The long head of the biceps tendon ruptures in three groups of patients. Most commonly it is the older patient and may be associated with subacromial impingement or occasionally a rotator cuff tear. Less commonly it is seen in the middle aged patient and is us often associated with a history of weightlifting. In the younger patient rupture of the tendon is occasionally seen with acute forceful injury.
What are the signs and symptoms?
The patient usually complains of a pain in the front of the shoulder followed by a popping feeling. There is then a characteristic deformity seen in the biceps muscle. This is the so called “Popeye” sign in which the muscle belly appears to move towards the elbow as the elbow is flexed. The pre-existing pain often settles rapidly.
In the older patient there is often no residual problem apart from a cosmetic deformity. The younger patient may complain of aching and pulling in the upper arm, particularly as the elbow is flexed.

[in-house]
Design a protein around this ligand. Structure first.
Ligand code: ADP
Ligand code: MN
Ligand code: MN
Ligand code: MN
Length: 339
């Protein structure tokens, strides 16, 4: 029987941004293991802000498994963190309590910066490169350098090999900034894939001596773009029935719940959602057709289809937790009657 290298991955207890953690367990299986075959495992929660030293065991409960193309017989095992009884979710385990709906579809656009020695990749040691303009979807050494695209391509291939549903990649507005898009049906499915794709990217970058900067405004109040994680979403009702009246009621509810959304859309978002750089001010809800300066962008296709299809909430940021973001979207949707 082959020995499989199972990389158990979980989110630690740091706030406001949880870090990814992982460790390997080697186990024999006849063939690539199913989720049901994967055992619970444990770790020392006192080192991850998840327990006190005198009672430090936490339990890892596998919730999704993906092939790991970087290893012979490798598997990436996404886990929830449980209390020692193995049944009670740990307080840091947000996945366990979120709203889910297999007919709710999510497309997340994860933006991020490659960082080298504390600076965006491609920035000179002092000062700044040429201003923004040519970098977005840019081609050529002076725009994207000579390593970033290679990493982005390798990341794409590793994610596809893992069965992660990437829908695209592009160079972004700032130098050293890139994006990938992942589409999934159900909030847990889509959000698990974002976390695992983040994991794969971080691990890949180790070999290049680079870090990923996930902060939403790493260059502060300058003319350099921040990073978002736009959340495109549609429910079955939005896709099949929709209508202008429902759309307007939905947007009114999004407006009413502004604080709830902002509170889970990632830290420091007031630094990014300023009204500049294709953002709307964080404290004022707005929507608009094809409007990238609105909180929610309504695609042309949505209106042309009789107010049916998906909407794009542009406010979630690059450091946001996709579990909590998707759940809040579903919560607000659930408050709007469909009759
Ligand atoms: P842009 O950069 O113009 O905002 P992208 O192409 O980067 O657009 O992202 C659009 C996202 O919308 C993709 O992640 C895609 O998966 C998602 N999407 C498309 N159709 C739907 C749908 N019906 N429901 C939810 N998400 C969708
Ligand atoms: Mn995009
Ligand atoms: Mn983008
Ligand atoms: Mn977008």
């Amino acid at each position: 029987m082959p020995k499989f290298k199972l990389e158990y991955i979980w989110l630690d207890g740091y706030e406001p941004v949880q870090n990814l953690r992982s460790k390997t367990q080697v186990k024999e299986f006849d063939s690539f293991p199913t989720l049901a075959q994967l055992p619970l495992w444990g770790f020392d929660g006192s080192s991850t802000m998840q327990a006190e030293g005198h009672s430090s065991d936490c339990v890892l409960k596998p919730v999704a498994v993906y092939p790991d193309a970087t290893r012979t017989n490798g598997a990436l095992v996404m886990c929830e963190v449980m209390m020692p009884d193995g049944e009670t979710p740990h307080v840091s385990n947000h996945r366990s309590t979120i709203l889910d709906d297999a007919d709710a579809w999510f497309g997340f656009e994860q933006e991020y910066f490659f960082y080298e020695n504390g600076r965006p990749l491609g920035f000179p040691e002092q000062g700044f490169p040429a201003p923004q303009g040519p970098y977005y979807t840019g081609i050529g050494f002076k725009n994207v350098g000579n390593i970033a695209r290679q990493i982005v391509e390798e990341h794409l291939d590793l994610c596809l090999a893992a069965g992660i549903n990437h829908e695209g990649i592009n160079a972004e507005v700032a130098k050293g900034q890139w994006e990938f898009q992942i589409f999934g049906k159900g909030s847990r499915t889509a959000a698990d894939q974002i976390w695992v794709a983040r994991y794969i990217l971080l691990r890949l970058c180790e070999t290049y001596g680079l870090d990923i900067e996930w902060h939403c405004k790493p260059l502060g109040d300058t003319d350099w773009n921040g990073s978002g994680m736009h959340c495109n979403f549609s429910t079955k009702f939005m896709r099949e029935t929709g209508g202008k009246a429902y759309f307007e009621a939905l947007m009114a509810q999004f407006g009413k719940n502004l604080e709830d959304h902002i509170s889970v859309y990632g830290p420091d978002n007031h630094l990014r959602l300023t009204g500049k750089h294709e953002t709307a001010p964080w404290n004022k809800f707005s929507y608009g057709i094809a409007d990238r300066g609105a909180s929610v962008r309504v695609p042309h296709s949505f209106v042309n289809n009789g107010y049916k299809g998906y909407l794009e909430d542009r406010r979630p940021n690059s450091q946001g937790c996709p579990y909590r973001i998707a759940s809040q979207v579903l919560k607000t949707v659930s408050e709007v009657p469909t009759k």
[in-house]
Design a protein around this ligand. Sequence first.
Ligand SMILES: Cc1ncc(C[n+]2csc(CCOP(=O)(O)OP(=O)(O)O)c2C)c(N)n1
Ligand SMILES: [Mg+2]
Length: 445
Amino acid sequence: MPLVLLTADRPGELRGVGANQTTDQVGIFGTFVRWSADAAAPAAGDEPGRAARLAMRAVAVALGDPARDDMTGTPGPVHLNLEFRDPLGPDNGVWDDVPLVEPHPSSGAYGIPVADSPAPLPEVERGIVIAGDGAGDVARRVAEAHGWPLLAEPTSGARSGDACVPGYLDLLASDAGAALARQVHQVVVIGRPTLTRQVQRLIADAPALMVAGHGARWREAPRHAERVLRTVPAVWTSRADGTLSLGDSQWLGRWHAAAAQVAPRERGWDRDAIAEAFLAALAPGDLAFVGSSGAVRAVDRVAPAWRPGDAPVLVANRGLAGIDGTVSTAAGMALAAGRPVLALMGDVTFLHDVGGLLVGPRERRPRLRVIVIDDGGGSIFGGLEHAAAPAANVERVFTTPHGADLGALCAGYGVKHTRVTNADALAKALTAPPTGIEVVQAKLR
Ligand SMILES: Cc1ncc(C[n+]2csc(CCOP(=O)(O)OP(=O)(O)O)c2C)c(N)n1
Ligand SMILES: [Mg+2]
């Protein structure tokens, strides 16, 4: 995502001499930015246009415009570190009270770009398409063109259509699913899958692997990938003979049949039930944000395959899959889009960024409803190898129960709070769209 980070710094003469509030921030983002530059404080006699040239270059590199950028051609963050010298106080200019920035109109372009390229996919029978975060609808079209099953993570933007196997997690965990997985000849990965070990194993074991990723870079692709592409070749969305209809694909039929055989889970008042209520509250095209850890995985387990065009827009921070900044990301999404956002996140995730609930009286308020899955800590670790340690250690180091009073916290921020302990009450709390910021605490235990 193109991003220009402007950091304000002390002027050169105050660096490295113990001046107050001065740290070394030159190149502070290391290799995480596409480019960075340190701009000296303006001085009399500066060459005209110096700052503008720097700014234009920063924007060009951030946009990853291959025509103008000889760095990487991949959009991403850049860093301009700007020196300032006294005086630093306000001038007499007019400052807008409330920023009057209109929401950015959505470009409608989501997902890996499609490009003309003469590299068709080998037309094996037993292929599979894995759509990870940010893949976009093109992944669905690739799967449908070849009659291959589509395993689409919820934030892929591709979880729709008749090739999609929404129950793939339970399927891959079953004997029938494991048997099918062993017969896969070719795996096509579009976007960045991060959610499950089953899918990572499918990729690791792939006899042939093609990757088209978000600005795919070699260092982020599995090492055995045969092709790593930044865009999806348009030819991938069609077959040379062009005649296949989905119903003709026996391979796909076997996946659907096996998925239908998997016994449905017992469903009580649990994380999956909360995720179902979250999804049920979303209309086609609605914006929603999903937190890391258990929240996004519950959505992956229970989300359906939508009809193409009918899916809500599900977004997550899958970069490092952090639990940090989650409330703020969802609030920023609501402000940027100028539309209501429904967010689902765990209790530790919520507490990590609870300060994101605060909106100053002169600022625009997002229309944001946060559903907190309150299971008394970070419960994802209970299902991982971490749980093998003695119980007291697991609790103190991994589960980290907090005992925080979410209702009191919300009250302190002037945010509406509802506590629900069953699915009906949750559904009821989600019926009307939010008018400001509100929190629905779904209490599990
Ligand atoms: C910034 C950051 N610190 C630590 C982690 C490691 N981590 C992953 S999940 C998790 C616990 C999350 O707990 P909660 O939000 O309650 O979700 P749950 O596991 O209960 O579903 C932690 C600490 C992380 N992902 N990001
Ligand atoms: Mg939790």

How is the diagnosis made?
The clinician will take a full history and examine the shoulder and arm. In most cases no further investigation is necessary. Occasionally, if there is concern about the rotator cuff tendons, an MRI may be arranged to assess them.
What is the initial treatment?
The initial treatment is symptomatic and includes rest and anti-inflammatories. In the older patient the discomfort usually settles within a few weeks and there are no residual problems apart from a cosmetic deformity, the “popeye sign”.
Once the acute symptoms have settled down physiotherapy may have a role to improve the shoulder function following injury.
If initial treatment doesn’t work, what’s next?
The younger patients may complain of a persistent ache in the front of the arm, made worse by lifting or carrying.
If the symptoms are intrusive enough then biceps tenodesis may be necessary.